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OC-057 Undetectable faecal immunochemical test for haemoglobin excludes colorectal cancer in symptomatic patients: a prospective uk study
  1. MM Widlak1,2,
  2. CL Thomas3,
  3. MG Thomas4,
  4. C Tomkins3,
  5. S Smith5,
  6. C Darby3,
  7. N O’Connell1,
  8. S Wurie1,
  9. L Burns1,
  10. C Harmston6,
  11. C Evans6,
  12. CU Nwokolo1,
  13. B Singh7,
  14. RP Arasaradnam1,2,8
  1. 1Gastroenterology, University Hospitals Coventry and Warwickshire
  2. 2Medical School, University of Warwick
  3. 3Biochemistry, University Hospitals Coventry and Warwickshire, Coventry
  4. 4Medical School, University of Oxford, Oxford
  5. 5Midlands and North West Bowel Cancer Screening Hub
  6. 6Colorectal Surgery, University Hospitals Coventry and Warwickshire, Coventry
  7. 7Colorectal Surgery, University Hospitals of Leicester, Leicester
  8. 8Applied Biological and Experimental Sciences, University of Coventry, Coventry, UK

Abstract

Introduction The diagnosis of colorectal cancer (CRC) in primary care can be challenging as symptoms are variable with poor specificity. We investigated the diagnostic accuracies of faecal immunochemical test for haemoglobin (FIT) and faecal calprotectin (FCP) in symptomatic patients referred from primary care for urgent lower gastrointestinal investigations via the two-week wait colorectal pathway.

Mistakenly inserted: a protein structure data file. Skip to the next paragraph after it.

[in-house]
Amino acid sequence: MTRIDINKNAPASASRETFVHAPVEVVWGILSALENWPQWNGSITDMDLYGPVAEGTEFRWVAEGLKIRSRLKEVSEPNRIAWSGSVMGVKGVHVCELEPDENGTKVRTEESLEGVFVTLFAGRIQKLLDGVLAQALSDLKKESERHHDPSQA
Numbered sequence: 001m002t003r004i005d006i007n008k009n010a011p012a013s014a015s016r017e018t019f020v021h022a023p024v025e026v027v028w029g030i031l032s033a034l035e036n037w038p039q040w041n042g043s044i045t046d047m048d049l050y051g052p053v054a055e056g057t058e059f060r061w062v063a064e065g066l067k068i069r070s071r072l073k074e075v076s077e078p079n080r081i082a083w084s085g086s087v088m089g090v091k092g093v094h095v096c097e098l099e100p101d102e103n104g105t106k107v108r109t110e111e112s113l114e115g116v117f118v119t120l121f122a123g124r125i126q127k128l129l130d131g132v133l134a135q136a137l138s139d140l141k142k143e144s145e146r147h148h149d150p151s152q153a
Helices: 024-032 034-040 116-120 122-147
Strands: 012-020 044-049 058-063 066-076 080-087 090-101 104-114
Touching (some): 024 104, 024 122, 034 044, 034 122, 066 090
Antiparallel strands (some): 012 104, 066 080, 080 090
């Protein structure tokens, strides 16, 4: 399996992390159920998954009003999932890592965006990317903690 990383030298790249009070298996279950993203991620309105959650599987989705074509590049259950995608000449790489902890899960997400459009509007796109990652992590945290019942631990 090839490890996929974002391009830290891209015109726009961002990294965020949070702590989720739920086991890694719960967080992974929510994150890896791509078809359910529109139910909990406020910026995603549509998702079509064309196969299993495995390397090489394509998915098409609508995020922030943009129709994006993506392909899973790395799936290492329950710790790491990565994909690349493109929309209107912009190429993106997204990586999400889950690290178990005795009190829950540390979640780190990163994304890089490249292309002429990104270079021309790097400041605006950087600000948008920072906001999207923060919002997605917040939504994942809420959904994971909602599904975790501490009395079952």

Method 1016 patients were prospectively recruited between January 2015 and September 2016. In total 612 patients returned stool samples, completed colonic investigations and were included in the final statistical analysis (51% women, median age 68 years, IQR: 57–76). FIT was performed on HM-JACKarc analyser (Kyowa Medex), and FCP by EliA Calprotectin immunoassay (Thermo Fisher Scientific). Any detectable FIT (detection limit 7 µg Hb/g faeces) and a cut-off of 50 µg/g for FCP were considered positive.

Results 37 (6%) patients were diagnosed with CRC. The negative predictive value (NPV) of FIT vs. FIT plus FCP was the same at 99% (95% CI 98% to 100%). The sensitivity and specificity of FIT was 84% and 89%, respectively. Whereas, it was 89% and 86% for FIT combined with FCP. The ROCs for FIT, FCP and both faecal biomarkers combined showed AUC 0.90, 0.73 and 0.91, respectively. Faecal ćhaemoglobin measurements were significantly higher in left-sided colonic lesions compared ćwith the right side; 490 µg Hb/g faeces vs. 90 µg Hb/g faeces; p=0.007).

Conclusion Undetectable FIT is sufficiently sensitive to exclude colorectal cancer, with higher values in left-sided lesions. FCP in combination does not appear to provide additional diagnostic information. Further studies to determine the health economic benefits of implementing FIT in primary care are required.

Disclosure of Interest M. Widlak: None Declared, C. Thomas: None Declared, M. Thomas: None Declared, C. Tomkins Conflict with: Educational lectures on behalf of Thermo Fisher Scientific Ltd., S. Smith: None Declared, C. Darby: None Declared, N. O’Connell: None Declared, S. Wurie: None Declared, L. Burns: None Declared, C. Harmston: None Declared, C. Evans: None Declared, C. Nwokolo: None Declared, B. Singh: None Declared, R. Arasaradnam Conflict with: Educational lectures on behalf of Thermo Fisher Scientific Ltd.

  • Faecal calprotectin
  • Colorectal cancer
  • Faecal biomarker
  • Faecal immunochemical test for haemoglobin
  • FCP
  • FIT
  • Two-week wait pathway

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